Posted by Barry Burden at 10:59 AM

18 December 2005

Krosnick book conference

Eric M. Mindich Encounters with Authors Symposium takes place at the Institute January 19-21. This year the program features Jon Krosnick's new book, The Handbook of Questionnaire Design: Insights from Social and Cognitive Psychology. The conference features three days of lectures and discussion and is sponsored by the Institute's Program on Survey Research. The discussants being brought in are first rate. Be sure to follow the RSVP instructions on the web site if you're interested in participating.

Posted by Barry Burden at 4:56 PM

16 December 2005

Hillygus on ideology

One of the recurring themes of this semester’s PPBW has been the ideological nature of both the public and elites in American politics. We’ve discussed whether red states are ideologically pitted against blue states and how much mass publics echo the ideological polarization of their elected officials. Today’s workshop finally put ideology center-stage with Sunshine Hillygus’ new paper on "The Structure and Meaning of Political Ideology".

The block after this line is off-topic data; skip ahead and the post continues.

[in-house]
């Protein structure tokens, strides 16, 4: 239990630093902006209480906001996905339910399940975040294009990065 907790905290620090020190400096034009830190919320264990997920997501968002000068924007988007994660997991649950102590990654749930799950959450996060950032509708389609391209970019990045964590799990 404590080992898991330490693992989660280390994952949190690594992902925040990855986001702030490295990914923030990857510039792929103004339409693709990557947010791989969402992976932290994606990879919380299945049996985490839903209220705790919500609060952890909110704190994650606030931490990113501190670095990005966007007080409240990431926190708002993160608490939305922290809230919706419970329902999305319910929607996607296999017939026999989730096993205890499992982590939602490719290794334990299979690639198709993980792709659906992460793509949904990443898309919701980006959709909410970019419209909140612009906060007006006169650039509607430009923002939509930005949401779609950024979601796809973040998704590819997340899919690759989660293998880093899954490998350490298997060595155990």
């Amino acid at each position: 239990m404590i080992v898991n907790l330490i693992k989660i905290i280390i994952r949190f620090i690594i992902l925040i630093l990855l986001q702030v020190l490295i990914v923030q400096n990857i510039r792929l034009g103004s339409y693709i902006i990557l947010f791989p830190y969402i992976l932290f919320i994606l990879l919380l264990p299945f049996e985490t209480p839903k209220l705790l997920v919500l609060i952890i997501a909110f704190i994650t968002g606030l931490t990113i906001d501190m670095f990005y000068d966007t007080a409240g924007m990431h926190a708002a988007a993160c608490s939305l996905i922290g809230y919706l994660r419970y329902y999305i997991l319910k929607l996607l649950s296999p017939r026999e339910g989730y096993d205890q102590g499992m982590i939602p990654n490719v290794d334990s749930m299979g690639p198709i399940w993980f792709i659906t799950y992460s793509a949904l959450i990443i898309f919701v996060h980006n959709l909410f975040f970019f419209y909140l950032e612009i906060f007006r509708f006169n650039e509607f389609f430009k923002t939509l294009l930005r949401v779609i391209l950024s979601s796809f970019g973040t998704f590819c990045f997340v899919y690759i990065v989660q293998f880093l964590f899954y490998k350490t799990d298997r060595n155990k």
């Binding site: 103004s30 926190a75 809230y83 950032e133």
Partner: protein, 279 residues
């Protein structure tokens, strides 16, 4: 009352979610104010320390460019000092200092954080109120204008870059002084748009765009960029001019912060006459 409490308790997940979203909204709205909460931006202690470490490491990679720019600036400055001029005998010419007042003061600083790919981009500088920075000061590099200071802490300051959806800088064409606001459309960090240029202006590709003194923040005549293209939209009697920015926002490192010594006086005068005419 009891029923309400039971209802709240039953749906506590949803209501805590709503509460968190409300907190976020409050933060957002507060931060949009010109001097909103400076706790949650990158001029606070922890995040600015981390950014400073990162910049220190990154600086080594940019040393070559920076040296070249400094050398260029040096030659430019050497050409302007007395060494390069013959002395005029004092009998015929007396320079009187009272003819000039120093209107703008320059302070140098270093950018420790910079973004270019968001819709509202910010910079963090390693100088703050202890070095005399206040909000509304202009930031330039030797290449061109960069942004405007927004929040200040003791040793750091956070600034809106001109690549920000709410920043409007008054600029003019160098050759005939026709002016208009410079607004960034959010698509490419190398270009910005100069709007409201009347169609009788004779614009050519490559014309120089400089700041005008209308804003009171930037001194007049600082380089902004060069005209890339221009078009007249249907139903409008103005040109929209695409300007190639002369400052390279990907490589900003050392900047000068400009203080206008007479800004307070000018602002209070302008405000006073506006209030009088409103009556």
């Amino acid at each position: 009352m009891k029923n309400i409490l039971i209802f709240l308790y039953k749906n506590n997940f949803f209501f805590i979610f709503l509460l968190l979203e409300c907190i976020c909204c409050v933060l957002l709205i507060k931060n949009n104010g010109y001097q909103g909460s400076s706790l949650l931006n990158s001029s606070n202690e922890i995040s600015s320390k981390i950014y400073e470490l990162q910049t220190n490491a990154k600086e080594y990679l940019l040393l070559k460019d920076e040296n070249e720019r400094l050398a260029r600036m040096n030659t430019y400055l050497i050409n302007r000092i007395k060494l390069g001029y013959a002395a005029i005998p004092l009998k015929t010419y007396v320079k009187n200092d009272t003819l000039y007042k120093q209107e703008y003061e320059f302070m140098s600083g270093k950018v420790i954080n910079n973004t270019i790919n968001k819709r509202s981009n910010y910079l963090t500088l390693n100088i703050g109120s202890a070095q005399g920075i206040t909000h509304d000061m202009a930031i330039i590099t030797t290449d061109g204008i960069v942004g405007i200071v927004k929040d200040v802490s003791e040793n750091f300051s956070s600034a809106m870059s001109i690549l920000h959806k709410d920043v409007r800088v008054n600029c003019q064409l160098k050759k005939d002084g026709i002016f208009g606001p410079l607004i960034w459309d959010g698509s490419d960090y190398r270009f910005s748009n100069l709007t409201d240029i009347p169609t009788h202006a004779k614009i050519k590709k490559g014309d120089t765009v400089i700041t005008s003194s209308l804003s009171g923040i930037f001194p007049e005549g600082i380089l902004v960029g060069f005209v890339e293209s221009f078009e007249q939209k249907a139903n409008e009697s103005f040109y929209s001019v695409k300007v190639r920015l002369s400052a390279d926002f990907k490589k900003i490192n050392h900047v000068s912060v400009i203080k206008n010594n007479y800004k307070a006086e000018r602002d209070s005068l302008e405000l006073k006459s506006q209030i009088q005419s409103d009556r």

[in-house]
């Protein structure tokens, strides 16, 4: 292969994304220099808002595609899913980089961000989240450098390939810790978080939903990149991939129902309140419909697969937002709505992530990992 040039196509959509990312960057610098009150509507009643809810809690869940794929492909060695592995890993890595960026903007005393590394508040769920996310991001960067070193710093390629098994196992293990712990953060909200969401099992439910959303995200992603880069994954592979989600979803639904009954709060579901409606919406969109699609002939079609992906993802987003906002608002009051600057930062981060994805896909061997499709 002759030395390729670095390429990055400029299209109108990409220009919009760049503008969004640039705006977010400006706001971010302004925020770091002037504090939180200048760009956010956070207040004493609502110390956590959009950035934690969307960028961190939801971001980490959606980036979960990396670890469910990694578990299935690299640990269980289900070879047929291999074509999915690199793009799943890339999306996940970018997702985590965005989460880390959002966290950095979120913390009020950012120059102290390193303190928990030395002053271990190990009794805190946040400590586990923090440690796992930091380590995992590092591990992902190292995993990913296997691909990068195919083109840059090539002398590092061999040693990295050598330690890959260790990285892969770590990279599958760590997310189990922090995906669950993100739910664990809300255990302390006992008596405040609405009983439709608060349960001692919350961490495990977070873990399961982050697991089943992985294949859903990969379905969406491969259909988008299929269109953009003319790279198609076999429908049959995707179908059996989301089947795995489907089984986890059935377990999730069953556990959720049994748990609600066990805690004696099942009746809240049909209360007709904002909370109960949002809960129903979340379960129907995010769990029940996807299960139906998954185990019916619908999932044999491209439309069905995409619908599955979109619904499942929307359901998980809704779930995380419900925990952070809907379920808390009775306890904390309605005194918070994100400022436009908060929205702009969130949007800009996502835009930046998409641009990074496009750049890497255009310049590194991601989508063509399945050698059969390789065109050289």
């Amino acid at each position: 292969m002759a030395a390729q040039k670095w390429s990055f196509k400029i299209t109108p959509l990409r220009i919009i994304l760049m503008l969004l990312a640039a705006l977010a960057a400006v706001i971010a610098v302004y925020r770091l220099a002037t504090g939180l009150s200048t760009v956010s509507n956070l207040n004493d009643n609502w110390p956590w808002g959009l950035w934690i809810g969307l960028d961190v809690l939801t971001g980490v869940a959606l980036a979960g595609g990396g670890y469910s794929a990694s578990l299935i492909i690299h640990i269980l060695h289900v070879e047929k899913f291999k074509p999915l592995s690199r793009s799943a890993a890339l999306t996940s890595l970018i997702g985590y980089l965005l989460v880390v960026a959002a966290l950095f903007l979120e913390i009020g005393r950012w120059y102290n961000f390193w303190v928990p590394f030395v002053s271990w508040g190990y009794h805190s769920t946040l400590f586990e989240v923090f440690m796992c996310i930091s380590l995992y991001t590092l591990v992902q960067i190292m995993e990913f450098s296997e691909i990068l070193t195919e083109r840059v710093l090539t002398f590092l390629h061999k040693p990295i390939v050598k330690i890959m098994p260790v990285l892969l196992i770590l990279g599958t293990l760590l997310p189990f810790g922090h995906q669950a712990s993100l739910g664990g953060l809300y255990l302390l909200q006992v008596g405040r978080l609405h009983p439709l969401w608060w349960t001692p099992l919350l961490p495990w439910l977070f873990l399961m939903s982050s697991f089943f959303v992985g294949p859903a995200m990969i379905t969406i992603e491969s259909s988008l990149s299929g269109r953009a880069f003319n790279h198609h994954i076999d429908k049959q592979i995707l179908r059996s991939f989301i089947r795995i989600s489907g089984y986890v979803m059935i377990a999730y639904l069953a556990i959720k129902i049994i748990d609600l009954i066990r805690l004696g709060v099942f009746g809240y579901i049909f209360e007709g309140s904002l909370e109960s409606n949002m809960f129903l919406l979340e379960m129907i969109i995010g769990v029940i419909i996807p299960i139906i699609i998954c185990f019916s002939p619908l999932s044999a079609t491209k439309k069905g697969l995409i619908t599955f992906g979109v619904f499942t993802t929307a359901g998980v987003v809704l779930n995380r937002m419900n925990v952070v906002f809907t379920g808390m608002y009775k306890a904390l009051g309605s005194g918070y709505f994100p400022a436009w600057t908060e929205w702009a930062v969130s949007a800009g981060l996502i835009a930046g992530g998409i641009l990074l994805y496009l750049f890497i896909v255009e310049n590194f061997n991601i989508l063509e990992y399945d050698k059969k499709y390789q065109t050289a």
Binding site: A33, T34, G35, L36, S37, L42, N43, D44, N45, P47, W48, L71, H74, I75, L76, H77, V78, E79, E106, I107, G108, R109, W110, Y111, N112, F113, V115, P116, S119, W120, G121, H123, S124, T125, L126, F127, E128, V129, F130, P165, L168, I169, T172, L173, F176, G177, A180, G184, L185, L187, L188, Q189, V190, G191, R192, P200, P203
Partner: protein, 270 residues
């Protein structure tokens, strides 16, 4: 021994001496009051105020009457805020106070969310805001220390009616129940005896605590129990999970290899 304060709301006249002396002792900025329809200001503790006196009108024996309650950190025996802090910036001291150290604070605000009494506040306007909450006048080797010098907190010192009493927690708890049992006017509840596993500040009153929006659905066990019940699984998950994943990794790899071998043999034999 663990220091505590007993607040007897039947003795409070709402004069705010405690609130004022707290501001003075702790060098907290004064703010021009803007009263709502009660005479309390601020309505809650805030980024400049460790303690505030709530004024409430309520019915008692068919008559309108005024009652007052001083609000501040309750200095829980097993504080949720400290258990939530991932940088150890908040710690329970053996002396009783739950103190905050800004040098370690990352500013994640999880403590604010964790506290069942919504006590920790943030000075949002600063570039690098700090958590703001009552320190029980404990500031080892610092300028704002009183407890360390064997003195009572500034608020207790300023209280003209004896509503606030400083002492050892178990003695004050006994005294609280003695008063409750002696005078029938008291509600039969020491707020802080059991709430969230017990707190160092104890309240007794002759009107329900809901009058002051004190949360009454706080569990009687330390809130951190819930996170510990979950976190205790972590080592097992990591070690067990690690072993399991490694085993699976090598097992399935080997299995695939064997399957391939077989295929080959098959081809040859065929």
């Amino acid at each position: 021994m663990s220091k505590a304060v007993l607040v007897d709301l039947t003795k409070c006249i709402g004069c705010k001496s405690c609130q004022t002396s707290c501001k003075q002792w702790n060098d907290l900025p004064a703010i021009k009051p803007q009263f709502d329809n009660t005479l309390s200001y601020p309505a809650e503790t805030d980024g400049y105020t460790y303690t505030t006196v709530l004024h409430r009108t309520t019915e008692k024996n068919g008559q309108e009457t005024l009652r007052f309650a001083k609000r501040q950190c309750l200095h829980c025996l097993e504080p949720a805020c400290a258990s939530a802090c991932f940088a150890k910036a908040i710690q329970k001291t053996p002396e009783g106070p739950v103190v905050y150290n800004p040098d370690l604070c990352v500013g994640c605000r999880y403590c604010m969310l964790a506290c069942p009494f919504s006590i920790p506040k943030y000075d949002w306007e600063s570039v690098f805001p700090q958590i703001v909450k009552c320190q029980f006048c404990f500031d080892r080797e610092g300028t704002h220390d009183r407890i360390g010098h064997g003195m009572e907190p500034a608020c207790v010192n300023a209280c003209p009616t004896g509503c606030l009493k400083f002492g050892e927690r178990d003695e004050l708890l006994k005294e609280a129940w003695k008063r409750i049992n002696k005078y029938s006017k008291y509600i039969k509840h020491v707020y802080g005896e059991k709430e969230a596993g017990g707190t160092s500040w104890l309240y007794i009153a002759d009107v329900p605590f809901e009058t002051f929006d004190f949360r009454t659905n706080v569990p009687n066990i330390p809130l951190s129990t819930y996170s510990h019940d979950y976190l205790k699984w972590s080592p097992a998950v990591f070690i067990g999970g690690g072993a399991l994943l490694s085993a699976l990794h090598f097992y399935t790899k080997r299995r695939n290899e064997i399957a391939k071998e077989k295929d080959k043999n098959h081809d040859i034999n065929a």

The paper uses an item response model to estimate a latent measure of ideology from a long series of issue questions in the 2000 NES. One of the key findings of the paper, I think, is that this issue-based latent measure differs from respondent’s own ideological self-placement on the traditional liberal-conservative scale – and that the new measure has a significant impact on things like presidential vote choice.

The audience certainly made plenty of suggestions for where to take the project. I guess that's the danger of coming up with a new measure for an important concept - everyone wants to resolve all current debates using it. Suggestions included seeing whether the dimensions of ideology had remained the same over time, whether this measure of ideology had become more correlated over time with party ID or vote choice, and whether mass ideology had changed in response to elite ideology or was in fact distinct from it. People also wanted to know about those respondents who seem cross-pressured between ideological dimensions, or between new issues and theirprevious ideological affiliations.